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Kinesin is a two-headed motor protein that powers organelle transport along microtubules1. Many ATP molecules are hydrolysed by kinesin for each diffusional encounter with the microtubule2,3. Here we report the development of a new assay in which the processive movement of individual fluorescently labelled kinesin molecules along a microtubule can be visualized directly; this observation is achieved by low-background total internal reflection fluorescence microscopy4 in the absence of attachment of the motor to a cargo (for example, an organelle or bead). The average distance travelled after a binding encounter with a microtubule is 600 nm, which reflects a ~ 1% probability of detachment per mechanical cycle. Surprisingly, processive movement could still be observed at salt concentrations as high as 0.3 M NaCl. Truncated kinesin molecules having only a single motor domain do not show detectable processive movement, which is consistent with a model in which kinesin’s two force-generating heads operate by a hand-over-hand mechanism.
Kinesin is composed of two heavy chains, each consisting of a 340-amino-acid, N-terminal force-generating domain, a long α-helical coiled coil interrupted in the middle by a proline–glycine-rich hinge, and a small globular C-terminal domain that interacts with light chains5,6. To add a fluorescent label to kinesin in a manner that does not interfere with motor function, the ubiquitous human kinesin gene7 was truncated just before the hinge at amino-acid residue 560 and a short peptide containing a reactive cysteine8 was introduced at the C terminus (uhK560cys). uhK560cys was expressed in bacteria, purified, and reacted at its C-terminal cysteine with a maleimide-Cy3 fluorescent dye (Fig. 1 legend).
When uhK560-Cy3 (0.6 nM) was combined with 1 mM ATP and Cy5-labelled flagellar axonemes, fluorescent kinesin molecules could be seen binding to and moving unidirectionally along axonemal microtubules (Fig. 1). The velocity of movement was 300 ± 70 nm s−1 (mean ± s.d.; n = 60), which was similar to the gliding velocity of axonemes on uhK560-Cy3-coated glass surfaces (370 ± 40 nm s−1; n = 28).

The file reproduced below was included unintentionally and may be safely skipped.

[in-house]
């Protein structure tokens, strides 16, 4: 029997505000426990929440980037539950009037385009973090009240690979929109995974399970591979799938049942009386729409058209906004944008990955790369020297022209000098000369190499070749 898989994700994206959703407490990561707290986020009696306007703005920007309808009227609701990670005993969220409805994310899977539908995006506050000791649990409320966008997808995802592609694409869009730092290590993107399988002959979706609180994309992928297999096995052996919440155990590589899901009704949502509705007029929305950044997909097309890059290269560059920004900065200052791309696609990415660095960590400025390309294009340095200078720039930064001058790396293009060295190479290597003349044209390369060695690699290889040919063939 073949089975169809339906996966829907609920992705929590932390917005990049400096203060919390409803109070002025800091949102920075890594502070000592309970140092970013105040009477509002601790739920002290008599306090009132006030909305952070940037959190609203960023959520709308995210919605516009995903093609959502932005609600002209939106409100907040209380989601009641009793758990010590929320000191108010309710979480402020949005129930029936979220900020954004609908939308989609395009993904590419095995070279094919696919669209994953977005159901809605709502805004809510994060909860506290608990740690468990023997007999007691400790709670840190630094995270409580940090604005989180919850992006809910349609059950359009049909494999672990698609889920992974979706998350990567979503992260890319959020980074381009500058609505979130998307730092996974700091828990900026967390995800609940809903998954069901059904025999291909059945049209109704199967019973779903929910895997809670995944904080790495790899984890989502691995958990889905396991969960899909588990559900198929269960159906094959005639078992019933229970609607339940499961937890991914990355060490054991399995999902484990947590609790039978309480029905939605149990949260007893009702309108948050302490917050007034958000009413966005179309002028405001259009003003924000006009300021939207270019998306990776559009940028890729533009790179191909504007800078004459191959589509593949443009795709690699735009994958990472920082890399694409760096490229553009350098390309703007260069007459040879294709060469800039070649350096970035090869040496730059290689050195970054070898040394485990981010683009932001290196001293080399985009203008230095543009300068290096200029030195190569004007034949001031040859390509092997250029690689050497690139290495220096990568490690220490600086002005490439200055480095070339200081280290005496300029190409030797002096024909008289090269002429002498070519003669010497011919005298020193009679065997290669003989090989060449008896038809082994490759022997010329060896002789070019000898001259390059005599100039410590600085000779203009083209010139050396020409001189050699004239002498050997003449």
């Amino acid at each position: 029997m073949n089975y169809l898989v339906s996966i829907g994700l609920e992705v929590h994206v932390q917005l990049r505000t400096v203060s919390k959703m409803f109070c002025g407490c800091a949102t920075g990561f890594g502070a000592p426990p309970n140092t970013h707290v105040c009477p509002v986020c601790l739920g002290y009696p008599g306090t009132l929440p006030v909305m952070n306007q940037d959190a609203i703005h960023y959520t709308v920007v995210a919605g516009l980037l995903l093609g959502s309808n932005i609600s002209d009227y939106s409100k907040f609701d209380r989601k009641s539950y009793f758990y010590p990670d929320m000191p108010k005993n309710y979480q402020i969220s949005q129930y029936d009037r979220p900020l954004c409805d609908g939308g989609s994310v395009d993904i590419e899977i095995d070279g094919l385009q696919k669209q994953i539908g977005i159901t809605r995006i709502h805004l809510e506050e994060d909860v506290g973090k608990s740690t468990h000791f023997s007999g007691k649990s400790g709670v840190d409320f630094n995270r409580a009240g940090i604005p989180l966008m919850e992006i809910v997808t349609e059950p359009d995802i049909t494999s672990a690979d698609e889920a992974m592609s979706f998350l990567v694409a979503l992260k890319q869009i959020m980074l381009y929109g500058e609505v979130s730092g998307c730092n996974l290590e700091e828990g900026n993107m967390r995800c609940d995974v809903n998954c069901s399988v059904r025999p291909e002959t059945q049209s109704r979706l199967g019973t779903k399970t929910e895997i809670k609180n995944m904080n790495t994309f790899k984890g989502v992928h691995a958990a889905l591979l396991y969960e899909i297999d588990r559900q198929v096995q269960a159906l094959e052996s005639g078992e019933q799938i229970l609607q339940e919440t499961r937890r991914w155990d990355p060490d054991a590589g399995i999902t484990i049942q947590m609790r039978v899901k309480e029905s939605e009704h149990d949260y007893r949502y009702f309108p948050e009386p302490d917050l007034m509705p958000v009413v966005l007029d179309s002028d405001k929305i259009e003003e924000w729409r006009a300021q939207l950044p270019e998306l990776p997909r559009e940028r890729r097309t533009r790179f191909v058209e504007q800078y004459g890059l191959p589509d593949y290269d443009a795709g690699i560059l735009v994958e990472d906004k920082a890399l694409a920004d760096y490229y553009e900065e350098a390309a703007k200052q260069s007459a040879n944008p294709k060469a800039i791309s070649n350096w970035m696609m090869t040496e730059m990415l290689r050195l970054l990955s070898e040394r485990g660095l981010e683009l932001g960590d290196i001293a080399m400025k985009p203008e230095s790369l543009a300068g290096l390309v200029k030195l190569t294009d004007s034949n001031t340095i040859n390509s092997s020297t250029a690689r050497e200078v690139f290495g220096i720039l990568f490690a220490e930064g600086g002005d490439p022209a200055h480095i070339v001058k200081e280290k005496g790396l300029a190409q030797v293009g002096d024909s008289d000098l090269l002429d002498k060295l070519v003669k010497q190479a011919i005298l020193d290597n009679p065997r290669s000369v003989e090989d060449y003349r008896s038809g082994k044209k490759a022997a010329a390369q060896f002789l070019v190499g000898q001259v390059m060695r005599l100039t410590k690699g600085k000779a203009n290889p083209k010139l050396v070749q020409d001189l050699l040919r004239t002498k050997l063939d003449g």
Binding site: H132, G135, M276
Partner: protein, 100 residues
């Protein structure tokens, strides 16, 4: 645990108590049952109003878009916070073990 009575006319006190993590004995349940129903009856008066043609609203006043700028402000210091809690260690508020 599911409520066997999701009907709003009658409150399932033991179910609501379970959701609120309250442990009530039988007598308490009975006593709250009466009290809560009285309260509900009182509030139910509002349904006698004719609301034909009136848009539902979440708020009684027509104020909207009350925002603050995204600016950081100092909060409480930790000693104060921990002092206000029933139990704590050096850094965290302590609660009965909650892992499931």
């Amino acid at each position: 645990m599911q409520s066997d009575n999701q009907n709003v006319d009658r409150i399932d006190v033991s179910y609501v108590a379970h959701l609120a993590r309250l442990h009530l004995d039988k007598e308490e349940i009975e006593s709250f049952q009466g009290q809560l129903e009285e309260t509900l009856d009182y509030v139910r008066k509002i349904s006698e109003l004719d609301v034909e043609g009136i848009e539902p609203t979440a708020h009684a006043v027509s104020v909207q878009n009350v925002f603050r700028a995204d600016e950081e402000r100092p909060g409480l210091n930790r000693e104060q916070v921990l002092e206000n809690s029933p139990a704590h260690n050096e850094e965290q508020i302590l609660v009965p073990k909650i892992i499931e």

To verify that the translocating objects were single kinesin molecules, the photobleaching characteristics and intensities of fluorescent spots were examined. The fluorescence of surface-adsorbed kinesin disappeared primarily in either a one-step (Fig. 2a) or a two-step process (Fig. 2b), as expected for photobleaching reactions of one or two dye molecules, respectively, bound to the uhK560cys dimer. The percentage of one-step, two-step, three-step and more-than-three-step photobleaching events was 74, 25, 2 and 0%, respectively (n = 355). Assuming labelling of only the C-terminal cysteine and random dimerization of two chains, these values agree with the percentages expected of single-dye (72.6%) and double-dye (27.4%) labelled kinesin molecules predicted from the labelling stoichiometry (0.43 dye/polypeptide). The fluorescence intensities of kinesin molecules randomly adsorbed onto a glass slide (Fig. 2c) were also similar to those of moving spots (Fig. 2d). Collectively, these results are consistent with the idea that single kinesin molecules can move along microtubules.